Thanks for Being Our Valentine!

Dear ROPnet, 

The interconnections between communities and human dignity groups is what makes ROP strong. Thank you to everyone who shared their love this month by submitting Valentines to Rural Organizers, and thank you to all of you who show your love for rural Oregon through your daily work for justice and human dignity! Read on to see the Valentines shared as just a snapshot of all the gratitude we hold for each and every human dignity group across this powerful network. Whether you’re celebrating a local victory or working on getting your group back together in the midst of COVID-19 disruption, you are a source of hope and joy for those around you.

Thanks for being our valentine. 

With Love, 
Emma and the ROP team

From Margaret in Baker County, a quote from the Dalai Lama:

“My religion is very simple.  My religion is kindness.”

From Karen in Benton County:

Painted red card with collaged paper crane, hearts, phrases reading Roadmap to a thriing rural Oregon, safe and welcoming communities, healthy people make healthy communities, we are all essential, connecting our voices.

From the ROP staff team, a quote from the article “Catch the Wind” by Kim Phinney:

“Don’t let anyone tell you that you can’t catch the wind. Your story is not written on the pavement, alleys, and benches of urban America. You come from greatness. Your legacy is on the shoulders of those who danced and vogued across the barn floorboards, stole kisses beside the rivers, took out mortgages at the only bank in town, wept outside of tiny hospitals, applied for marriage licenses at town offices, and brought rainbow cookies to the school bake sale.”

Do your little bit of good where you are; It's those little bits of good put together that overwhelm the world ~Desmond Tutu. From: Mike M Klickitat County

Lucy in Multnomah County sent in a recorded valentine. Listen here to Lucy reading this Howard Zinn quote:

“…An optimist isn’t necessarily a blithe, slightly sappy whistler in the dark of our time. To be hopeful in bad times is not just foolishly romantic. It is based on the fact that human history is a history not only of cruelty but also of compassion, sacrifice, courage, kindness. What we choose to emphasize in this complex history will determine our lives. If we see only the worst, it destroys our capacity to do something. If we remember those times and places–and there are so many–where people have behaved magnificently, this gives us the energy to act, and at least the possibility of sending this spinning top of a world in a different direction. And if we do act, in however small a way, we don’t have to wait for some grand utopian future. The future is an infinite succession of presents, and to live now as we think human beings should live, in defiance of all that is bad around us, is itself a marvelous victory.”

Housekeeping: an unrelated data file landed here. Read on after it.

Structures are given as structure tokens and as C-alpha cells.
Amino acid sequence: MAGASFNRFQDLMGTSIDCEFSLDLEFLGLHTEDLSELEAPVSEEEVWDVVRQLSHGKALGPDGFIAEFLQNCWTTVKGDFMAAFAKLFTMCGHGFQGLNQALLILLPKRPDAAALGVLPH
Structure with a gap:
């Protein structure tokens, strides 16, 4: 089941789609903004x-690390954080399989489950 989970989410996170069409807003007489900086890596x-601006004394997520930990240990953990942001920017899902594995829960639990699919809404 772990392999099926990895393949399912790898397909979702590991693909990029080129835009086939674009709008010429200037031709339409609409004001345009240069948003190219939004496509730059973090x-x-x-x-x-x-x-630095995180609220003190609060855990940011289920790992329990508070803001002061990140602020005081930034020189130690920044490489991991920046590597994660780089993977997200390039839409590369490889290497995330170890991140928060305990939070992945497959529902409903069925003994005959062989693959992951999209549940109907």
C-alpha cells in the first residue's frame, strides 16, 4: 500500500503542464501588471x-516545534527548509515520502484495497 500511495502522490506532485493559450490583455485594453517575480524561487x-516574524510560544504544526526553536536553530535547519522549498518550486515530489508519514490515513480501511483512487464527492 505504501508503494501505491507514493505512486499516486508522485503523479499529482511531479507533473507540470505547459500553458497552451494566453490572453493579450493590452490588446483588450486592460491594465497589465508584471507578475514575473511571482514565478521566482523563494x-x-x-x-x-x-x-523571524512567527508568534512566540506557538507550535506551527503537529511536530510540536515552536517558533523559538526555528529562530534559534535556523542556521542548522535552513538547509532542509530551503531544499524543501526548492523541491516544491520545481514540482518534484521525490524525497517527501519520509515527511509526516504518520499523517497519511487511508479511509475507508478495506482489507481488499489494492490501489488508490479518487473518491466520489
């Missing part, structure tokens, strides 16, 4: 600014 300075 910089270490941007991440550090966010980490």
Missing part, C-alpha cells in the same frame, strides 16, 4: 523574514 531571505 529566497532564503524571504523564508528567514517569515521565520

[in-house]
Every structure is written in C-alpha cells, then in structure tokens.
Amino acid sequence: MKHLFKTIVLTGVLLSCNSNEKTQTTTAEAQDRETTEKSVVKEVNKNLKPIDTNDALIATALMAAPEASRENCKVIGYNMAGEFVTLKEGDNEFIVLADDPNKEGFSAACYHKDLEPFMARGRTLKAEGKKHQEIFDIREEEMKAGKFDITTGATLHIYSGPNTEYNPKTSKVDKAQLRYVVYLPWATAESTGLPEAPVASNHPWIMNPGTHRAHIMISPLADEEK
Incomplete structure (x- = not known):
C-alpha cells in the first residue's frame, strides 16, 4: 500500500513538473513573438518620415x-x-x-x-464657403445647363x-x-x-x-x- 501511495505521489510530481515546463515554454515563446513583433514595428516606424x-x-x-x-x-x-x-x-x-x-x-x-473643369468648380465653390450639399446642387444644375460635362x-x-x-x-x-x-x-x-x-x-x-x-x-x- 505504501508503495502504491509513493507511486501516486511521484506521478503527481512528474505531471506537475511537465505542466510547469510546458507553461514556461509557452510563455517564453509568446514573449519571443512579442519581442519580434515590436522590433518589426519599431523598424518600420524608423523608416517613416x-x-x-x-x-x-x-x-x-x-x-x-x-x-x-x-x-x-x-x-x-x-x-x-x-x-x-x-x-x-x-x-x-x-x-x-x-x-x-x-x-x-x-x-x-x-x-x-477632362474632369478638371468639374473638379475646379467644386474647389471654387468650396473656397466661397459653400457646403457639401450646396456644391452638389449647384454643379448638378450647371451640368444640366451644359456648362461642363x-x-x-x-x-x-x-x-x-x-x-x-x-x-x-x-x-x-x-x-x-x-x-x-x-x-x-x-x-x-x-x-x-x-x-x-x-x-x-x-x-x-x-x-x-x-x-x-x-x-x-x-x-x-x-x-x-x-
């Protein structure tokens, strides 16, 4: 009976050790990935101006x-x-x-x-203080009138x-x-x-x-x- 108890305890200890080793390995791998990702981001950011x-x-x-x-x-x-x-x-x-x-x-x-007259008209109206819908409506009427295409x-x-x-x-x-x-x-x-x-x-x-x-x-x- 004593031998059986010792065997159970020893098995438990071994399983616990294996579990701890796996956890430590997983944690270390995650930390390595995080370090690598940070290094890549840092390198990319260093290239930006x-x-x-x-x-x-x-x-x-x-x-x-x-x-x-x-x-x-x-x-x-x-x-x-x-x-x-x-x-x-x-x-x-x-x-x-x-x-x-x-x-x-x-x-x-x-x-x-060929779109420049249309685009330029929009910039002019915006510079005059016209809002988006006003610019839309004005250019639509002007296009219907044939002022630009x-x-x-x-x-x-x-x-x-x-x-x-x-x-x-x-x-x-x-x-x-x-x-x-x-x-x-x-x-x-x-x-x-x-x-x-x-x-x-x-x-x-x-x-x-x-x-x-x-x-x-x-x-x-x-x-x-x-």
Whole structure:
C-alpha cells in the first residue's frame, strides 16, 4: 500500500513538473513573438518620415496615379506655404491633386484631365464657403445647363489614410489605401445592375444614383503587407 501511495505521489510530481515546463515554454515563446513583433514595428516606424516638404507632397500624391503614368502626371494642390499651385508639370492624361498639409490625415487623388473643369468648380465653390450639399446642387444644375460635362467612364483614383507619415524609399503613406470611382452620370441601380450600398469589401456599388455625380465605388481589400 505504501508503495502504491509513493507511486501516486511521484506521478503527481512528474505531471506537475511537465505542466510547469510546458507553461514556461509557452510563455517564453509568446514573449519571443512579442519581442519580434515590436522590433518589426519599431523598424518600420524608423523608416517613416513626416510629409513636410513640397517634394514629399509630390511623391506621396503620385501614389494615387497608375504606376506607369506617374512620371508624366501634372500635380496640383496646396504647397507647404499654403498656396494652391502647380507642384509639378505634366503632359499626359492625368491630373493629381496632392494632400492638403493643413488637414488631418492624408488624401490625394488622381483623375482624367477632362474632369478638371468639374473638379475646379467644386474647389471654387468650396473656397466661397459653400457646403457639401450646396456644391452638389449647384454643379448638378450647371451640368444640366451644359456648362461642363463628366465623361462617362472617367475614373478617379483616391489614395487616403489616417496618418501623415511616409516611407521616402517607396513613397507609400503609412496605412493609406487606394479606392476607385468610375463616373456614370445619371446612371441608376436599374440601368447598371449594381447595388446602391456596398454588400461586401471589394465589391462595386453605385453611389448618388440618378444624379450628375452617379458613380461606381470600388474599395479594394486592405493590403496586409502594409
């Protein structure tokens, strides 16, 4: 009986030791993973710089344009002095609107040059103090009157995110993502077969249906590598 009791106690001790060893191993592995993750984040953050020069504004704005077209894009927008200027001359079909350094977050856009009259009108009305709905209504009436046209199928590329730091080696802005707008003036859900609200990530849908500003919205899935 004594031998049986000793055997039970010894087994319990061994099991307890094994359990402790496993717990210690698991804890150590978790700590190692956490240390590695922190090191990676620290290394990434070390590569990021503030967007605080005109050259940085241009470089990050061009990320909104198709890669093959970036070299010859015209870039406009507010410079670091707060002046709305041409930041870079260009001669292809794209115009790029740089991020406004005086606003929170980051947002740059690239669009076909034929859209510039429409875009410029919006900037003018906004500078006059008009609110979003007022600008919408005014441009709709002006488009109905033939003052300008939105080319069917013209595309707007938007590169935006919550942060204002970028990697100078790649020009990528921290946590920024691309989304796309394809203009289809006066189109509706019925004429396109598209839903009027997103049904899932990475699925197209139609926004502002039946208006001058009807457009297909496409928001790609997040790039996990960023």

Will in Clackamas County submitted a song and a poem:

Nature Boy sang by Nat King Cole, written in 1947 by Eden Ahbez. Listen here, or read the lyrics below!

There was a boy,

a very strange enchanted boy.

They say he wandered very far, very far

over land and sea.

A little shy,

and sad of eye,

but very wise was he.

And then one day,

one magic day he came my way,

and as we spoke of many things,

fools and kings,

this he said to me:

“The greatest thing

you’ll ever learn

is just to love

and be loved in return.”

“The greatest thing

you’ll ever learn

is just to love

and be loved in return.”

———————

If…

If we but grew

from those who knew

the wondrous things:

the joys of Springs,

the peace of nights,

the Earth’s delights,

in truth, we’d be

divine and free.

And we do.

And we are.

——————————————

Thanks for all you do, and all you help others to do.

If I can't do great things, I can do small things in a great way. MLKing Jr. From Mike Klickitat County

From Nancy in Linn County:

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